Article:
Monday, August 29, 2011

Worth Reading?

Here are a few good blog posts and articles I've read over the past week.

John Stott on Singleness

Hugh Halter on kids in the micro church - make sure you check out the photo.

Paul Tripp on what the gospel means to our life right now

David Fitch on the need for missional rhythms in our micro churches

Wednesday, August 17, 2011

The Need to Unplug

Hello. My name is Robert and I have an addiction. I love technology. Although I don't check Facebook and Twitter as much as someone in my family does (I won't go down alone dear), I do admit that there's a glorious sense of anticipation every time my phone buzzes, telling me that someone somewhere has something really important to say to me via email or text message.

There. I've cleared my conscience. Now what?

I recently heard an interview with Scott Belsky, in which he said that looking at your smartphone has the same effect as cocaine. It relieves anxiety and makes you feel in control. Now I've never tried cocaine, but I have a feeling that whoever came up with that fact is probably right on the money.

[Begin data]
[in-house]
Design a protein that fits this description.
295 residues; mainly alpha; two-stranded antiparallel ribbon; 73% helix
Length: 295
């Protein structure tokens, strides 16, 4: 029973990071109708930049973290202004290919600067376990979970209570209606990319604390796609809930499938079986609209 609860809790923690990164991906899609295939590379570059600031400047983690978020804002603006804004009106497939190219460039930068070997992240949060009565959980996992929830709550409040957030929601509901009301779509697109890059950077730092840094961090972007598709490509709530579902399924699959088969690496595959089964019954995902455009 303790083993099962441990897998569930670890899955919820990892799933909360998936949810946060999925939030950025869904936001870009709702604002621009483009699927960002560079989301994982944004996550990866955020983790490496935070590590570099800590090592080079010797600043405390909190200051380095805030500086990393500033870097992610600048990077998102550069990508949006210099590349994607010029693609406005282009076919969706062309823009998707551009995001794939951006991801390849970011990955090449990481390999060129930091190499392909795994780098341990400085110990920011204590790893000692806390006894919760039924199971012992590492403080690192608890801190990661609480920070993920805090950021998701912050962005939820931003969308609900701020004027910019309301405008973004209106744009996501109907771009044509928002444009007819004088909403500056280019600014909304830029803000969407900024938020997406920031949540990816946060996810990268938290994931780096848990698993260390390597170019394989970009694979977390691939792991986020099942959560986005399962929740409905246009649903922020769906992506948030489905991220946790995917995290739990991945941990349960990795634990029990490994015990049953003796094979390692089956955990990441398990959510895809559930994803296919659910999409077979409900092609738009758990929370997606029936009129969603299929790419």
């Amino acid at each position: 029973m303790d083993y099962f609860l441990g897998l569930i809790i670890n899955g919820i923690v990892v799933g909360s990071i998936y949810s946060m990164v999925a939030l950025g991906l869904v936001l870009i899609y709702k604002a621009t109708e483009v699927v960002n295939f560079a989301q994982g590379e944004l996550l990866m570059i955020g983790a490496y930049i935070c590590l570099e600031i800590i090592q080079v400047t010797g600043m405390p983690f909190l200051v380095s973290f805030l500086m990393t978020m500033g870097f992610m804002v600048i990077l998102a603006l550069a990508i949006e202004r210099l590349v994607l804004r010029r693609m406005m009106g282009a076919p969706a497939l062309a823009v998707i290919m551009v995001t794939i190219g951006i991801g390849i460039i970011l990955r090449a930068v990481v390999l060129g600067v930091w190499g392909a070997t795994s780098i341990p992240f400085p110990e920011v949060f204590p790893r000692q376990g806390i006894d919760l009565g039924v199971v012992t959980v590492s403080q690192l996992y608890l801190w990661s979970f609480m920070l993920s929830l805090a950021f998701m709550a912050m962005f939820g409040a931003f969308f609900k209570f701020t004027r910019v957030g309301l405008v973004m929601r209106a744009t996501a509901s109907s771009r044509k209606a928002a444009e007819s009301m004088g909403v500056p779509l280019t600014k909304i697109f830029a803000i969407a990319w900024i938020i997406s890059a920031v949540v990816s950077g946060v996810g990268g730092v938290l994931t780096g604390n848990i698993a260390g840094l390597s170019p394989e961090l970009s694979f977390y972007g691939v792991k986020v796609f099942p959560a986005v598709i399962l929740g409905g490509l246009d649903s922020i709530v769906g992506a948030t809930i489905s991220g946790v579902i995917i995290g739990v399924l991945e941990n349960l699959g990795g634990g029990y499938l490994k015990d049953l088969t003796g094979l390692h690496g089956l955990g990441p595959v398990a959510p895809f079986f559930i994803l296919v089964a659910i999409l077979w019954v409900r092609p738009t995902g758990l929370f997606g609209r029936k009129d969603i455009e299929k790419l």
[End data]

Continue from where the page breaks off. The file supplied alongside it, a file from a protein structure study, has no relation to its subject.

Technology has such a grip on our society. We have to acknowledge this before we ever hope to break free. In that same interview Belsky says that we have to ruthlessly pursue windows of non-stimulation. He says that true creativity will only happen when we are able to unplug from technology, because that is the only place where true and deep thinking can occur.

Where this really hits home for me is with my kids. Adam is already addicted to my phone, or more specifically, he's addicted to a game on my phone about ticked off birds. Getting him to go in his room and play is so difficult. His objection: That's boring! One of the solutions that Mandy and I have been talking about is starting a new tradition in our home, where 1 or 2 days of the week are designated tech-free days. That means no Backyardigans, Angry Birds, or Wii, but it also means no Facebook, email, or Modern Family. Instead, we will use our time to play games, take walks, read books, and, in the case of the boys and I, wrestle. This is what the home is supposed to be anyway, right?